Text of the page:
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Jesse Owens: An American Life

Jesse Owens: An American Life

From Publishers Weekly

The 10th and last child of an Alabama sharecropper, James Cleveland Owens was taken to Ohio as a child. There, while still in junior high school, he encountered a white coach who recognized his phenomenal talent and loved him like a son, a relationship that figured significantly in the athlete's racial attitudes throughout his life, according to Baker, a historian at the University of Maine. After successes in high school and college, Owens scored his greatest triumph at the 1936 Berlin Olympics, winning four gold medals. For some years after that he tried to parlay his fame into Money, an attempt made onerous by the difficulty of marketing running skills and the prevailing racial feelings of the '30s and '40s. Eventually, however, he became an Illinois state official and a respected spokesman for Republicanism. As his fame persisted, notes Baker, he began to make through endorsements, dying in comfortable circumstances. History Book Club alternate.
Business Information, Inc.
--This text refers to an out of print or unavailable edition of this title.

From Library Journal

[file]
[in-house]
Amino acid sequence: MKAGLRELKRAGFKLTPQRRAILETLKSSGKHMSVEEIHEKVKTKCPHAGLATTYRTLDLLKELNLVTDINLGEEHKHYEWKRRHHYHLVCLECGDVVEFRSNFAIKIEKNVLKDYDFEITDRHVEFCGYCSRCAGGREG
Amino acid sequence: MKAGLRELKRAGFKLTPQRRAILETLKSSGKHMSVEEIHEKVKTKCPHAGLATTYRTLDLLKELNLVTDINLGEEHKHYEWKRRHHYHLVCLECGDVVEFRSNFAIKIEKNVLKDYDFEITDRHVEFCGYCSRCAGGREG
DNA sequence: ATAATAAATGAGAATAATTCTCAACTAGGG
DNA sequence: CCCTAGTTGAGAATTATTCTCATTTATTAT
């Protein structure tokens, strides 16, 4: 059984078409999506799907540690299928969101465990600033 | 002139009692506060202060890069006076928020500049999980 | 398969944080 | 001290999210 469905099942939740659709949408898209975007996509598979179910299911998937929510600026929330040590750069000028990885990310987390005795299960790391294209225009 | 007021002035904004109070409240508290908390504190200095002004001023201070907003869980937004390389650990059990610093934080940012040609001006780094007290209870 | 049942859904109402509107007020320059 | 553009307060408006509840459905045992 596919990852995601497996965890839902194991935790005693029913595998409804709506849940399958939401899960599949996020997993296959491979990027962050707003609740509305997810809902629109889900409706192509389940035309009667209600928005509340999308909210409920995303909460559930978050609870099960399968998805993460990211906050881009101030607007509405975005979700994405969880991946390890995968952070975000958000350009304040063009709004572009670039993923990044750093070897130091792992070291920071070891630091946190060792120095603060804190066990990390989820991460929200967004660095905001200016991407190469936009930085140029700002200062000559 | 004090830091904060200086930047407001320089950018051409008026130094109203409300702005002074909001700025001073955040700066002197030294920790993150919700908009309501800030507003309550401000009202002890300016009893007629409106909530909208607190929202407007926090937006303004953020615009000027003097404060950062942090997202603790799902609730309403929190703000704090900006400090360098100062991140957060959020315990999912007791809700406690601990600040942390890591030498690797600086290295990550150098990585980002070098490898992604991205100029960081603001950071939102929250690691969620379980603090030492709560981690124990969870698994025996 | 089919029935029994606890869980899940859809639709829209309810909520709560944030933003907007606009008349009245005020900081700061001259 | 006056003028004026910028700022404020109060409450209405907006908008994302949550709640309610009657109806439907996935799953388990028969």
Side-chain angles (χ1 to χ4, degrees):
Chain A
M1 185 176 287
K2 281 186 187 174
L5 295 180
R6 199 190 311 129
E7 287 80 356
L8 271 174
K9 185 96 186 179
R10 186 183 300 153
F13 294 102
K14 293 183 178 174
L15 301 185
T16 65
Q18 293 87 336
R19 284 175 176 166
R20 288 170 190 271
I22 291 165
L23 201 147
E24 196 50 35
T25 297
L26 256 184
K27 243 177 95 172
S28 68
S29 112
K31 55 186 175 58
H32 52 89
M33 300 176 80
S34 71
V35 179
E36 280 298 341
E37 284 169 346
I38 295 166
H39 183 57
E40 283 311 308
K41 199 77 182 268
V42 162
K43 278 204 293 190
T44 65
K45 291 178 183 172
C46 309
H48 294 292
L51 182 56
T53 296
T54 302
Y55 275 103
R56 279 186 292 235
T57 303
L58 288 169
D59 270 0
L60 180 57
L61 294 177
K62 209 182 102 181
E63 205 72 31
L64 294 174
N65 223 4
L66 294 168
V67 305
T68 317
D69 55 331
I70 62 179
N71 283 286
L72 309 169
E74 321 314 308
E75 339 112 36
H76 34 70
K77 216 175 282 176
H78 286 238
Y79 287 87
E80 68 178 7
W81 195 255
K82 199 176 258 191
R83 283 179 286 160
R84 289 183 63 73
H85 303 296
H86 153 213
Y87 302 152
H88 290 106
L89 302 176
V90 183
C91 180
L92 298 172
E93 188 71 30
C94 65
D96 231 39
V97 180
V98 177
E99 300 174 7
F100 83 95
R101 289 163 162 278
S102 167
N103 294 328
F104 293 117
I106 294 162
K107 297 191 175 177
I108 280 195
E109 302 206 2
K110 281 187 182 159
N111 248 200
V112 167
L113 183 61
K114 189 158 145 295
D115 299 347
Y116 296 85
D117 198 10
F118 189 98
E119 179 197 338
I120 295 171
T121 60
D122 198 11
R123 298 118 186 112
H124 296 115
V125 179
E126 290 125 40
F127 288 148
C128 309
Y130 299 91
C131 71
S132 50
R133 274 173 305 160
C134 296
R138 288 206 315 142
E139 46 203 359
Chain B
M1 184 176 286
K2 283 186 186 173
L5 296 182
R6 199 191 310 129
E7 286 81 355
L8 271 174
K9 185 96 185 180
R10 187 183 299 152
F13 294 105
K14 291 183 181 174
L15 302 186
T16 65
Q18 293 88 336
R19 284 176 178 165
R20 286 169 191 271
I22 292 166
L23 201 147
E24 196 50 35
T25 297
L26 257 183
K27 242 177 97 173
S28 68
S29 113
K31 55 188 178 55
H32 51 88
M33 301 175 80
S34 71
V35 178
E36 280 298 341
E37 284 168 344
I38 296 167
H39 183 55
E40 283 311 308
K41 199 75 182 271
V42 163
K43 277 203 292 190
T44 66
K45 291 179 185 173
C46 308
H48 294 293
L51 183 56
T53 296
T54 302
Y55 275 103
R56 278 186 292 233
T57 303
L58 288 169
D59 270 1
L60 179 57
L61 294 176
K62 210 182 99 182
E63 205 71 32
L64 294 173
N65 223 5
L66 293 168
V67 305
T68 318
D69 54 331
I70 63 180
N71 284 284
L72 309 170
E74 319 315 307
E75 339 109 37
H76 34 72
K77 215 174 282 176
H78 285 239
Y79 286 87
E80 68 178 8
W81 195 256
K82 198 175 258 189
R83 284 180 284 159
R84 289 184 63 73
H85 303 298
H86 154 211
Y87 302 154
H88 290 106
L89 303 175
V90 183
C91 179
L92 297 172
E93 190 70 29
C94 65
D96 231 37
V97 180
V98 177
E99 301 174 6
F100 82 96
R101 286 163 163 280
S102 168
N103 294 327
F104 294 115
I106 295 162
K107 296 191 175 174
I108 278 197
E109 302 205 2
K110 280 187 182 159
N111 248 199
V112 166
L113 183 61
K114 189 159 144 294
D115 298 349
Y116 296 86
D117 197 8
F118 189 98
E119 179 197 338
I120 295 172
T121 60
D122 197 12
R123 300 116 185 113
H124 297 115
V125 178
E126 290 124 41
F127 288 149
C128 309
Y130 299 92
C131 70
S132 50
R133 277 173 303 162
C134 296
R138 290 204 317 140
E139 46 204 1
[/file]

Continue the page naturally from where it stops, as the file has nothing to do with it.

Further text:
Owens's athletic prowess is best remembered because of his winning four gold medals in the in Germany. Although this feat was tied by Carl Lewis in the 1984 Olympic Games, Owens had a more spectacular day than is likely to occur in his sport. In the space of one hour, he broke three world records and tied a fourth. His long-jump record set that day stood for a quarter century. Baker's scholarly, critical appraisal of the famous athlete focuses on Owens's life, both in athletics and in private. Tax evasion, political dealings, extramar- ital affairs, and frequent job changes are brought to light. Although the writing is not fluid, it is concise, and the treatment is evenhanded. The book is well researched and well organized. Recommended. See below for a of Duff Hart-Davis's Hitler's Games. David L. Mills, Brooklyn P.L., New York
Copyright 1986 Reed Business Information, Inc.
--This text refers to an out of print or unavailable edition of this title.

Review

Track and field's premier athlete finally has a monument worthy of him. -- Sports Illustrated

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